Anyone who watches the mainstream media understands that the Koch brothers backed ALEC (American Legislative Exchange Council) might not have the best image at the moment. There’s been a lot of talk about so-called “dark money,” which is basically money given to non-profits which aren’t required to disclose their donors per current campaign finance laws.
The Koch brothers-backed group that helped launch the push for voter ID laws and “stand your ground” statutes has a new project: defending the anonymous “dark money” in politics.
The American Legislative Exchange Council, composed of conservative state lawmakers and corporations, devoted part of its annual conference last week to turning around negative perceptions about anonymous contributions. In an audio tape obtained by POLITICO, panelists at the San Diego event lament a movement gaining traction in state and local governments to require more disclosure of donations to politically active nonprofits, which are expected to spend hundreds of millions in the 2016 election.
According to the audio, speakers stressed that groups pushing for disclosure were strategic in labeling anonymous spending “dark money,”conjuring images of shady operatives in smoke-filled rooms” in the minds of voters to boost their cause.
“Seems to me that by using the term ‘dark money’ in this discussion we are buying into their arguments,” said one state senator at the session. “If the media were to call it something better such as ‘anonymous free speech money’ or something else. Somebody needs to come up with a better label than ‘dark money.’”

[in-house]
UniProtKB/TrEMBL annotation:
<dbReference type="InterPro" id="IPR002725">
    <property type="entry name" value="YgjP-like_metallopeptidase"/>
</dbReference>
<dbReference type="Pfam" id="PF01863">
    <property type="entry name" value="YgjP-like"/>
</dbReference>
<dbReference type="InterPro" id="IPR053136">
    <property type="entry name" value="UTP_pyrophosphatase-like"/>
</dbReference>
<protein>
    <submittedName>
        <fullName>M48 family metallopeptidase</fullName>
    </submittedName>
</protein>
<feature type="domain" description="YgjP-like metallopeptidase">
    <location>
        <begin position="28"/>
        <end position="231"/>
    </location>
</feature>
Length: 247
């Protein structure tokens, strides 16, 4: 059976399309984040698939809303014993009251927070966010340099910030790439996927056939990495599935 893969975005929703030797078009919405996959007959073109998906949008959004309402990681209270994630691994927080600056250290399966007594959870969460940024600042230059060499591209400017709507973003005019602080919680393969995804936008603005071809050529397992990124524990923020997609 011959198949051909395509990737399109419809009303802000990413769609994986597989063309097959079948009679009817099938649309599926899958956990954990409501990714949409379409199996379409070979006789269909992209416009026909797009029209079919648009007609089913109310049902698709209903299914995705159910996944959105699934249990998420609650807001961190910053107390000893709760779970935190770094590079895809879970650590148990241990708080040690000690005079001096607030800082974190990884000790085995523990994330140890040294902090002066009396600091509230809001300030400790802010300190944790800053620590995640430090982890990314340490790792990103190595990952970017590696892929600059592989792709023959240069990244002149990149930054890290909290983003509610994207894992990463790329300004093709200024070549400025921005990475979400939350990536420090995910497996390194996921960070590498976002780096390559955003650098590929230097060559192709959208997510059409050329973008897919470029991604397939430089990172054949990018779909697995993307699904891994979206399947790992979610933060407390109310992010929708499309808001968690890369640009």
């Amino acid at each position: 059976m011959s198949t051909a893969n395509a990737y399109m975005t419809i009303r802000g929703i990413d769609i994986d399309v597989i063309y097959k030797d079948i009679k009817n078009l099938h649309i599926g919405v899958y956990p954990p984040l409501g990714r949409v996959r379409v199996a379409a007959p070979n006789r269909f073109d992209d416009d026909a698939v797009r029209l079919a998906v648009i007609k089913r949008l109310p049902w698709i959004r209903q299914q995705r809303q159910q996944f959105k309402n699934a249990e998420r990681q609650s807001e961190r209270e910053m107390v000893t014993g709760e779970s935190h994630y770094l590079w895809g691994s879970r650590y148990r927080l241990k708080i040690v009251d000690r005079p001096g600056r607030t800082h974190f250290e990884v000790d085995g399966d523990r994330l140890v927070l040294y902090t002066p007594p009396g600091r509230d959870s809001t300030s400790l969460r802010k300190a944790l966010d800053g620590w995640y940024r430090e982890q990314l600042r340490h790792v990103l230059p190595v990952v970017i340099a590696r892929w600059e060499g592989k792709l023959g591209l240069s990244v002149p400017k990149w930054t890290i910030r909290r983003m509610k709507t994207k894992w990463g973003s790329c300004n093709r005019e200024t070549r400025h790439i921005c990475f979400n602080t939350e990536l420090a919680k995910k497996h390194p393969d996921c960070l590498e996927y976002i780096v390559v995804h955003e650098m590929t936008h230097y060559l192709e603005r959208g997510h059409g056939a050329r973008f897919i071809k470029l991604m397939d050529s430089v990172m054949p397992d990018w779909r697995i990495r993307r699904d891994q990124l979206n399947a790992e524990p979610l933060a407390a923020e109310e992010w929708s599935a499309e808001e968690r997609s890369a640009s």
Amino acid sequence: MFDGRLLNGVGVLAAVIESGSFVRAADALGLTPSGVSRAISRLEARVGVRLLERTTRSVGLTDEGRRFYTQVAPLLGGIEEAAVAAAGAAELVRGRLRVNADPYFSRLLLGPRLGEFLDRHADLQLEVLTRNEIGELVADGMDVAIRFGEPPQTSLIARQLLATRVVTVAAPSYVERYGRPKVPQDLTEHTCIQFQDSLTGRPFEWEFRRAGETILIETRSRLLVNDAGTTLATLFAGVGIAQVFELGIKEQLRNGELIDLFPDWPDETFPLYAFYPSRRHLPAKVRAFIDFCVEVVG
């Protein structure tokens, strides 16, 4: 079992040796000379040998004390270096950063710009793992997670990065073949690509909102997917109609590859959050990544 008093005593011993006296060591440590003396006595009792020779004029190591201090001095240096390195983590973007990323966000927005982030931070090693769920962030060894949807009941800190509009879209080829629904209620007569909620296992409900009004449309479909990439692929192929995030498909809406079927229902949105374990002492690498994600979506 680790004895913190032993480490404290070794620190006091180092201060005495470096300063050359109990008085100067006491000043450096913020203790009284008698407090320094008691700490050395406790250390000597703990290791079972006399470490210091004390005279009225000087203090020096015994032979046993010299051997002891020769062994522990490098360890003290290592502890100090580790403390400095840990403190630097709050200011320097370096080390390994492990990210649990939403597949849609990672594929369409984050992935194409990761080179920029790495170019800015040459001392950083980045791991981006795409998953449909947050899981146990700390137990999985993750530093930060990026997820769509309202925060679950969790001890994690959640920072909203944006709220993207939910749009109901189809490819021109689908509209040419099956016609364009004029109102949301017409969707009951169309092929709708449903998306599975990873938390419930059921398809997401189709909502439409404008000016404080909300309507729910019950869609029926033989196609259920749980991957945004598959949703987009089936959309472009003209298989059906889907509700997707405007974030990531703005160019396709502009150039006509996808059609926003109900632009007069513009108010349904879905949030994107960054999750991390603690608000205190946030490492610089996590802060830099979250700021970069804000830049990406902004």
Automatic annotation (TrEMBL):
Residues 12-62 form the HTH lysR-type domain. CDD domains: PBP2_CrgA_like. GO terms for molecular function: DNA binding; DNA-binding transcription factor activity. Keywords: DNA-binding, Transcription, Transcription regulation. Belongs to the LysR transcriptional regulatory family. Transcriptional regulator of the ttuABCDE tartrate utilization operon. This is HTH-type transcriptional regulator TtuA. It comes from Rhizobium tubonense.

Other speakers also acknowledged that disclosure advocates have waged a more successful public relations campaign in influencing voters’ opinion on the issue, and that it’s time for their side to step it up as more statehouses propose disclosure laws.[…]
During the event, [Jon] Riches [of the Goldwater Institute] told participants, “Mandatory government disclosure prevents public discourse from focusing on the message and instead focuses on the messenger.”
“Two, mandatory government disclosure allows for retaliation against speakers by those who disagree, particularly when those speakers are speaking truth to power. And three, mandatory government disclosure [creates] regulations so that nobody, particularly average citizens, knows what’s permissible and what’s prohibited, and as a result choose not to speak.”
Of course, so-called “disclosure” proponents claim that ALEC is blowing things out of proportion.
Responding to the panelists’ comments, Common Cause, which has been pushing for more disclosure of politically active nonprofits, called their argument a red herring.
“No one is calling for complete disclosure,” said Stephen Spaulding, the group’s policy counsel. “If you’re a nonprofit and going to step into the political arena … then voters deserve to know who is funding those ads.”
Of course they’re not calling for complete disclosure. There’s too many joe Six-Packs running around for them to worry about. But a Brandon Eich?